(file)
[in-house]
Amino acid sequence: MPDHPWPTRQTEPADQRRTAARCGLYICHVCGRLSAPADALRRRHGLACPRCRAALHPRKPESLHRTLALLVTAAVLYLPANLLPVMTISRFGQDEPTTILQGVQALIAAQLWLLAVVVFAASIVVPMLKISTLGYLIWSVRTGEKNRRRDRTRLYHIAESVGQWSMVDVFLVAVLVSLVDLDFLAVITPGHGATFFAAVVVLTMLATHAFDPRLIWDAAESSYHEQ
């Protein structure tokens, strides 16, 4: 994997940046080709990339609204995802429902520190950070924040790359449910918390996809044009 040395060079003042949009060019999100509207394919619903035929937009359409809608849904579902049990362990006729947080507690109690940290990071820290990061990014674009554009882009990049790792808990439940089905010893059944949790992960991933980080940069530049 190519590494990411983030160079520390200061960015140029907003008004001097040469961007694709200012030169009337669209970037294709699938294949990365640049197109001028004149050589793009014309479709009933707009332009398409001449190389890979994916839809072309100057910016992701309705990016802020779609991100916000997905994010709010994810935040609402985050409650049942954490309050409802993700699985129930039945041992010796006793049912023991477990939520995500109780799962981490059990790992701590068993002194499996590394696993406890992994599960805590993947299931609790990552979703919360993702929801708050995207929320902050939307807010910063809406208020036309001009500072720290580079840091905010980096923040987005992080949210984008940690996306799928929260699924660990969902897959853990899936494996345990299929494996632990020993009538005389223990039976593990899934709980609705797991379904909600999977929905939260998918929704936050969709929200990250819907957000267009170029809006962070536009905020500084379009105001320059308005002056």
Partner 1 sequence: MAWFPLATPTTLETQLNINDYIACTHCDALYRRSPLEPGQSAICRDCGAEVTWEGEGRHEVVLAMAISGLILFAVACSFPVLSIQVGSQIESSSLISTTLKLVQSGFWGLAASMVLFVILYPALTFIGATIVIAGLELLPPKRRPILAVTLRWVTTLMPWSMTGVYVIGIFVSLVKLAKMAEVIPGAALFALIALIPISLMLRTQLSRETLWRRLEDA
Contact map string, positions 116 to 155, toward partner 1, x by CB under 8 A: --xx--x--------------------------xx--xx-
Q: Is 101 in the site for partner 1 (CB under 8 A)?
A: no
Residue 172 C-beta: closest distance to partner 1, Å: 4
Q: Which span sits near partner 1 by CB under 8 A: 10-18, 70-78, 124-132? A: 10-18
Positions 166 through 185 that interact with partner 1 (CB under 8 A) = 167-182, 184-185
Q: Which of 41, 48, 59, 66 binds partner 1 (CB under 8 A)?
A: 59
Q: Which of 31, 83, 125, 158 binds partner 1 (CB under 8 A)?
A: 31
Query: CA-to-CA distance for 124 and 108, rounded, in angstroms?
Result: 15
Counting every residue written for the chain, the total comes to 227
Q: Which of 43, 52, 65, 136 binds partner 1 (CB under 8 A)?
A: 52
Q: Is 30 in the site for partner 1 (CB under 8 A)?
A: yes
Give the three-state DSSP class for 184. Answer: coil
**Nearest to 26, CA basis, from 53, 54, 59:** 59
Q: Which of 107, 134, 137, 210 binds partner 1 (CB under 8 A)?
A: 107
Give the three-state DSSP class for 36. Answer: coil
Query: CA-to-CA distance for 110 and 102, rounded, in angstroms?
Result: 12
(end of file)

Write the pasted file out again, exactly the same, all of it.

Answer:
[in-house]
Amino acid sequence: MPDHPWPTRQTEPADQRRTAARCGLYICHVCGRLSAPADALRRRHGLACPRCRAALHPRKPESLHRTLALLVTAAVLYLPANLLPVMTISRFGQDEPTTILQGVQALIAAQLWLLAVVVFAASIVVPMLKISTLGYLIWSVRTGEKNRRRDRTRLYHIAESVGQWSMVDVFLVAVLVSLVDLDFLAVITPGHGATFFAAVVVLTMLATHAFDPRLIWDAAESSYHEQ
């Protein structure tokens, strides 16, 4: 994997940046080709990339609204995802429902520190950070924040790359449910918390996809044009 040395060079003042949009060019999100509207394919619903035929937009359409809608849904579902049990362990006729947080507690109690940290990071820290990061990014674009554009882009990049790792808990439940089905010893059944949790992960991933980080940069530049 190519590494990411983030160079520390200061960015140029907003008004001097040469961007694709200012030169009337669209970037294709699938294949990365640049197109001028004149050589793009014309479709009933707009332009398409001449190389890979994916839809072309100057910016992701309705990016802020779609991100916000997905994010709010994810935040609402985050409650049942954490309050409802993700699985129930039945041992010796006793049912023991477990939520995500109780799962981490059990790992701590068993002194499996590394696993406890992994599960805590993947299931609790990552979703919360993702929801708050995207929320902050939307807010910063809406208020036309001009500072720290580079840091905010980096923040987005992080949210984008940690996306799928929260699924660990969902897959853990899936494996345990299929494996632990020993009538005389223990039976593990899934709980609705797991379904909600999977929905939260998918929704936050969709929200990250819907957000267009170029809006962070536009905020500084379009105001320059308005002056």
Partner 1 sequence: MAWFPLATPTTLETQLNINDYIACTHCDALYRRSPLEPGQSAICRDCGAEVTWEGEGRHEVVLAMAISGLILFAVACSFPVLSIQVGSQIESSSLISTTLKLVQSGFWGLAASMVLFVILYPALTFIGATIVIAGLELLPPKRRPILAVTLRWVTTLMPWSMTGVYVIGIFVSLVKLAKMAEVIPGAALFALIALIPISLMLRTQLSRETLWRRLEDA
Contact map string, positions 116 to 155, toward partner 1, x by CB under 8 A: --xx--x--------------------------xx--xx-
Q: Is 101 in the site for partner 1 (CB under 8 A)?
A: no
Residue 172 C-beta: closest distance to partner 1, Å: 4
Q: Which span sits near partner 1 by CB under 8 A: 10-18, 70-78, 124-132? A: 10-18
Positions 166 through 185 that interact with partner 1 (CB under 8 A) = 167-182, 184-185
Q: Which of 41, 48, 59, 66 binds partner 1 (CB under 8 A)?
A: 59
Q: Which of 31, 83, 125, 158 binds partner 1 (CB under 8 A)?
A: 31
Query: CA-to-CA distance for 124 and 108, rounded, in angstroms?
Result: 15
Counting every residue written for the chain, the total comes to 227
Q: Which of 43, 52, 65, 136 binds partner 1 (CB under 8 A)?
A: 52
Q: Is 30 in the site for partner 1 (CB under 8 A)?
A: yes
Give the three-state DSSP class for 184. Answer: coil
**Nearest to 26, CA basis, from 53, 54, 59:** 59
Q: Which of 107, 134, 137, 210 binds partner 1 (CB under 8 A)?
A: 107
Give the three-state DSSP class for 36. Answer: coil
Query: CA-to-CA distance for 110 and 102, rounded, in angstroms?
Result: 12